Chaplain Carter (Multi-National Division – Baghdad (MND-B) and 4th Infantry Division Chaplain) is the senior U.S. Military chaplain in Baghdad, overseeing 70 other chaplains from all military branches and of all faiths, and he supervises the religious support program for 33,000 service personnel.

“We have a very robust chaplain program,” he told me in his humble but excited way. “At Camp Liberty, we have three chapels of about 150 seats each…like small churches. We have an amazing number of services in each, with services in all three all day long on Sundays. The chaplains serve 15,000 soldiers in Camp Liberty, and 33,000 in the Multi-National Division – Baghdad. It’s larger than I ever anticipated.”

Despite the need for good preaching in all of those chapel services, many of the chaplains are especially strong in relational ministries like pastoral care and counseling. Unlike church pastoring, which is heavy on pulpit preaching, program administration and organizational management, military chaplains live day-in and day-out with members of their flock.

“Most of our ministry takes place ‘outside the wire,’” he says, meaning outside of the safety zone of the fortified, heavily defended camp and throughout the streets of Baghdad.

He goes on to tell a story of a patrol convoy with which he recently rode. “The last thing that they do every time before they go outside the wire is that a sergeant recites the Lord’s Prayer over the speaker in everyone’s helmet. Here are these hardened warriors, locked and loaded and ready for action, stopping for prayer before heading out into danger. Usually, there is constant chatter on the headsets, but when he prayed, there was nothing else but dead silence. It was a deeply spiritual act.”

No Gospel Lite

Chaplain Carter says that he and his fellow chaplains go as spiritually deep as possible with their flocks. “We don’t do Gospel Lite,” he says with a combination of chuckle and stern-faced commitment. “We really dig into the deeper theological doctrines.”

“For some,” he continues, “deployment is spiritual survival. But others experience spiritual openness and vulnerability to God, and to other people of God. It’s okay to reach out on the battlefield. The soldiers understand that they must have a battle buddy on the battlefield, someone to watch their back. We tell them that it is the same in their spiritual lives… They need to have battle buddies there, too. So we really encourage accountability groups among the chaplains and with other spiritually mature groups. Those are in addition to the Bible studies and chapel services that we offer.”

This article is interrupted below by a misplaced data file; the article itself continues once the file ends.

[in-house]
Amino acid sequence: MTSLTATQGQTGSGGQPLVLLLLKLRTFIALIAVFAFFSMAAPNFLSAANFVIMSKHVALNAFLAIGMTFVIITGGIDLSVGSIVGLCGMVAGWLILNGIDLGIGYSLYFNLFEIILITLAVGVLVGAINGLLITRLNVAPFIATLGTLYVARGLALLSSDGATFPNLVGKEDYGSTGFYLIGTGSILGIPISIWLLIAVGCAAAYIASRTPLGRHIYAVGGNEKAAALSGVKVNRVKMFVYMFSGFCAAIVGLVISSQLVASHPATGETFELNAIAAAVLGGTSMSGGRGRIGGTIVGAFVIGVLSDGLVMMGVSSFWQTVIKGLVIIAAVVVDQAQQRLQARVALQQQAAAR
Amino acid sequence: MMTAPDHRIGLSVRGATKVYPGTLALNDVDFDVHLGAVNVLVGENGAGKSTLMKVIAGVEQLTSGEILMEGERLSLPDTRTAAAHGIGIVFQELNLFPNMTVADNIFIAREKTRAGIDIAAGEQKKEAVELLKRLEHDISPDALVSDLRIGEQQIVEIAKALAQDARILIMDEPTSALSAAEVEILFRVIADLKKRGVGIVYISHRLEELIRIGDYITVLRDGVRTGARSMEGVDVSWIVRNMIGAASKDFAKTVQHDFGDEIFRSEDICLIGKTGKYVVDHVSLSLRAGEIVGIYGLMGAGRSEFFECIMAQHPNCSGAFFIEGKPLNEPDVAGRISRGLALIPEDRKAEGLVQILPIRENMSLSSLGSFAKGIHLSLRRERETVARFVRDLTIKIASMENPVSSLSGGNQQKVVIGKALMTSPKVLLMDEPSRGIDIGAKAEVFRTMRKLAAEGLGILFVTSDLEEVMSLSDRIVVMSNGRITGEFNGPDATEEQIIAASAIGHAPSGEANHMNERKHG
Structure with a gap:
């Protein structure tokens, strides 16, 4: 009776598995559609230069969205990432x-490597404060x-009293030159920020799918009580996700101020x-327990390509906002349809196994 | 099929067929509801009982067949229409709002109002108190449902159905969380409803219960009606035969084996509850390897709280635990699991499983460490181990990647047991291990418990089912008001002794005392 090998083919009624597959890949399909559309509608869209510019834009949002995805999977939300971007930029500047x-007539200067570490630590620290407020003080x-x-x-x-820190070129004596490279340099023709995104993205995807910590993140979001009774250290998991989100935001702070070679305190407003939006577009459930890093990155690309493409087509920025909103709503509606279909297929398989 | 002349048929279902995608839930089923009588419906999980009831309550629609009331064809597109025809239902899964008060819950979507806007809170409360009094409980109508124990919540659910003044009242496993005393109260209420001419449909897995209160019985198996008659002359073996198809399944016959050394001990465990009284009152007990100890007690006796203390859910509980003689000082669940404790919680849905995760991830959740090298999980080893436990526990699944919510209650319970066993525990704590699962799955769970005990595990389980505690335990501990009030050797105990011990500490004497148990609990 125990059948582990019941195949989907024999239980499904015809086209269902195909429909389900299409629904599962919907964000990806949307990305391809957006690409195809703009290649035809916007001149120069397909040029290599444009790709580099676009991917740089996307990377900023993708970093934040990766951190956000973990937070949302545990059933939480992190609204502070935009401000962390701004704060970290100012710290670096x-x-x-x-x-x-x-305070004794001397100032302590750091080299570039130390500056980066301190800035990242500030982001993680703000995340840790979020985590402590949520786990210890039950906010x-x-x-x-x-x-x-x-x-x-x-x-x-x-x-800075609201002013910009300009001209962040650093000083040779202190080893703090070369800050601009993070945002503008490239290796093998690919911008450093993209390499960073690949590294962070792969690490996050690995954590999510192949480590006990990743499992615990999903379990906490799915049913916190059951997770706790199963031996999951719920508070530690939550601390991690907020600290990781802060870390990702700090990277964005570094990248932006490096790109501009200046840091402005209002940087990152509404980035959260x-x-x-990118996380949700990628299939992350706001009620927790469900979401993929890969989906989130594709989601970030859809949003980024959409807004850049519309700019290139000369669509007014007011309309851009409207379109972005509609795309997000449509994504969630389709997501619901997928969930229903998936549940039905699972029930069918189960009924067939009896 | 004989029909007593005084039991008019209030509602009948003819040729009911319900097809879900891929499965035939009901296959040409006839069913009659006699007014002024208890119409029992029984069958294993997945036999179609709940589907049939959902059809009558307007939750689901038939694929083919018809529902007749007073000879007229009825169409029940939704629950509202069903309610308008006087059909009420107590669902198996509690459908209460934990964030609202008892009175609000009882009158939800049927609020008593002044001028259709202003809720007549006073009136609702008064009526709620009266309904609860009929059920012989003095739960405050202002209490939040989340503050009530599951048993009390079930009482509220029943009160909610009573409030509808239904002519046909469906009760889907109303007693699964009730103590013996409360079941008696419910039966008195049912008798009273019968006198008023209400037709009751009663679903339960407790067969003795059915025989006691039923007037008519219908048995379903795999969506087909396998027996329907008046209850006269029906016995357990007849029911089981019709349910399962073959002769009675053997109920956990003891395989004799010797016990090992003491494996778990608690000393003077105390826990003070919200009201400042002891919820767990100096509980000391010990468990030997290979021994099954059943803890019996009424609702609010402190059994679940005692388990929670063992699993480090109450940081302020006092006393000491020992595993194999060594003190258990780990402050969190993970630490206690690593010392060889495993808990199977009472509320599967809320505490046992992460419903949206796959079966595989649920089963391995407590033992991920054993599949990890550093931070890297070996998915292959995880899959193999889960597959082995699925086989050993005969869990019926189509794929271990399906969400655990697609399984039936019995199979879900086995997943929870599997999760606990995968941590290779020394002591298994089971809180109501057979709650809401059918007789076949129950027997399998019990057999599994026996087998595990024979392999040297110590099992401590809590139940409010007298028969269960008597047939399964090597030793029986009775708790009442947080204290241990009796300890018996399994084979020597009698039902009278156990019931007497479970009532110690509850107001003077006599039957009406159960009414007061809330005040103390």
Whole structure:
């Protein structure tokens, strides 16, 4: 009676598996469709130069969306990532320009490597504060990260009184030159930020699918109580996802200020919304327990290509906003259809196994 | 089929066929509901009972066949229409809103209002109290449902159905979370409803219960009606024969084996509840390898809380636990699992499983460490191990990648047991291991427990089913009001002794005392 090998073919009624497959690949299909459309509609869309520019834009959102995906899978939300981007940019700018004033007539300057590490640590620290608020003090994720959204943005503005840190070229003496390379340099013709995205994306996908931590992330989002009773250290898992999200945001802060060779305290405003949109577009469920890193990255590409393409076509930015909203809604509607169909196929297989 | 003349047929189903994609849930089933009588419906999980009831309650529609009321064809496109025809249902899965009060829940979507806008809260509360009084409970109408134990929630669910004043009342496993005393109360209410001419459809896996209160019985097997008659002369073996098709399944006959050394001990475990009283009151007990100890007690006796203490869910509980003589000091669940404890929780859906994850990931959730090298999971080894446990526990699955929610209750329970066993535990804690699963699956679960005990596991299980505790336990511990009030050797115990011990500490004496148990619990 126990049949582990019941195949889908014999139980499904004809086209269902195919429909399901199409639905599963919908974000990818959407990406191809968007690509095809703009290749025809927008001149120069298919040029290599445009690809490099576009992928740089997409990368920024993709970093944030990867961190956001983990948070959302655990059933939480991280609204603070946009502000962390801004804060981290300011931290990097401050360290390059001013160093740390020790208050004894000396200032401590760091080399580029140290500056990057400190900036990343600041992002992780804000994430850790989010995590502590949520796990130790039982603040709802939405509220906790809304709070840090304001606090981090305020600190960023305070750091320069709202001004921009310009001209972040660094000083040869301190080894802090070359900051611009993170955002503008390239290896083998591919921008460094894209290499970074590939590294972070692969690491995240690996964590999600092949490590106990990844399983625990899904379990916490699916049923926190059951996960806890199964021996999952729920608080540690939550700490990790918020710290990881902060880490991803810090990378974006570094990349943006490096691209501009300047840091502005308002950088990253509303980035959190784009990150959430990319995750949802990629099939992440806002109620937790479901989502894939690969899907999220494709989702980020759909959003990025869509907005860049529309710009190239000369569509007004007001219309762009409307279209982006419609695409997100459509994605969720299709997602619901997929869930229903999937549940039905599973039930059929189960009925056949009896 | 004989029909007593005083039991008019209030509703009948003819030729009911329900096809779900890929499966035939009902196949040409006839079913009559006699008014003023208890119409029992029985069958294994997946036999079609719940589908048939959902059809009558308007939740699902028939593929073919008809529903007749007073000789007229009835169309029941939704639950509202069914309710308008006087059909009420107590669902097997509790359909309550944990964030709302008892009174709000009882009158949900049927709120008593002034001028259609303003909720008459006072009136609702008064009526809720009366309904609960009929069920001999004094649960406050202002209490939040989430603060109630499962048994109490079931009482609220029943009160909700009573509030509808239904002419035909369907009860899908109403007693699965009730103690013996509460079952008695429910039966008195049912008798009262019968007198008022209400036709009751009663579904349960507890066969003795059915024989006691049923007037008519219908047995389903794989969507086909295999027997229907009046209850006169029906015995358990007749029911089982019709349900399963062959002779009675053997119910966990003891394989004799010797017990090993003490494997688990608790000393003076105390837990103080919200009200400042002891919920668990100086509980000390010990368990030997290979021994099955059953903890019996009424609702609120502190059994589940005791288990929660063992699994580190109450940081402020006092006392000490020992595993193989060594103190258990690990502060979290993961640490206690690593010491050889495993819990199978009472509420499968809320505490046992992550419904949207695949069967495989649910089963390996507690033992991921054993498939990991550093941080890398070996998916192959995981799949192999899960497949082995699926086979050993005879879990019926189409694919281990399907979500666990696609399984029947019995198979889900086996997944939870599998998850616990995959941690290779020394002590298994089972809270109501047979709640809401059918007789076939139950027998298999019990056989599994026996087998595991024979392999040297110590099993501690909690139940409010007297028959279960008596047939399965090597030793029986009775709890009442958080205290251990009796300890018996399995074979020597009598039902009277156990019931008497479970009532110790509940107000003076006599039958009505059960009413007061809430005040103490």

Chaplain Carter explains that in addition to serving the U.S. troops, he and his team extend their reach out into the Iraqi army. And they have had some connection with the local indigenous church

“We have had multiple RLE’s, or religious leader engagements,” he says. “It’s a slow building process to interact with the local church, which is just starting to trickle back into Iraq. But we have had some ground breaking work with local congregations.”

He explains that local Iraqi Christian churched can function openly, within reason. “They can gather without fear, but most of them are very small,” he says. “But we must be sensitive when working with a local church. We’re primarily there to minister to our soldiers, but we can also facility reconciliation when possible.”

For example, the chaplains have been able working with their commanders and local religious leaders of different faiths to provide school supplies to local children. “But we must be judicious, sensitive and wise. And everything must be done appropriately,” he explains. “Not out of evangelizing, but to facilitate the greater good.”

Lt. Col. James Carter (far right), chaplain, 4th Infantry Division and Multi-National Division – Baghdad, sits next to Maj. Gen. Jeffery Hammond, commanding general, 4th Inf. Div. and MND-B, and talks with members of the Killeen Muslim Leaders during a video teleconference meeting, July 22, 2008.

Hammond and Carter held the meeting to discuss ongoing issues between Muslim communities and the military forces in Baghdad, as well as gain insight from the Muslim leaders to help further current progress within the Iraqi communities. Photographer: Sgt. Jason Thompson, Multi-National Division Baghdad.

I still have one more day worth of comments to share about my conversation with Chaplain Carter. Check back on my next post to read what he says about how American congregations can support our troops and the chaplains who minister to them.

Monday, November 17, 2008

Sharing the Love of Christ in Baghdad (Part 1 of 3)

“There are no atheists in foxholes.”

It’s still true, says U.S. Army Chaplain (Lt. Col.) James R. Carter, Multi-National Division – Baghdad (MND-B) and 4th Infantry Division Chaplain.

He would know, too. He has been an Army chaplain for 21 years, and is 12 months into a 15-month tour of duty in Baghdad.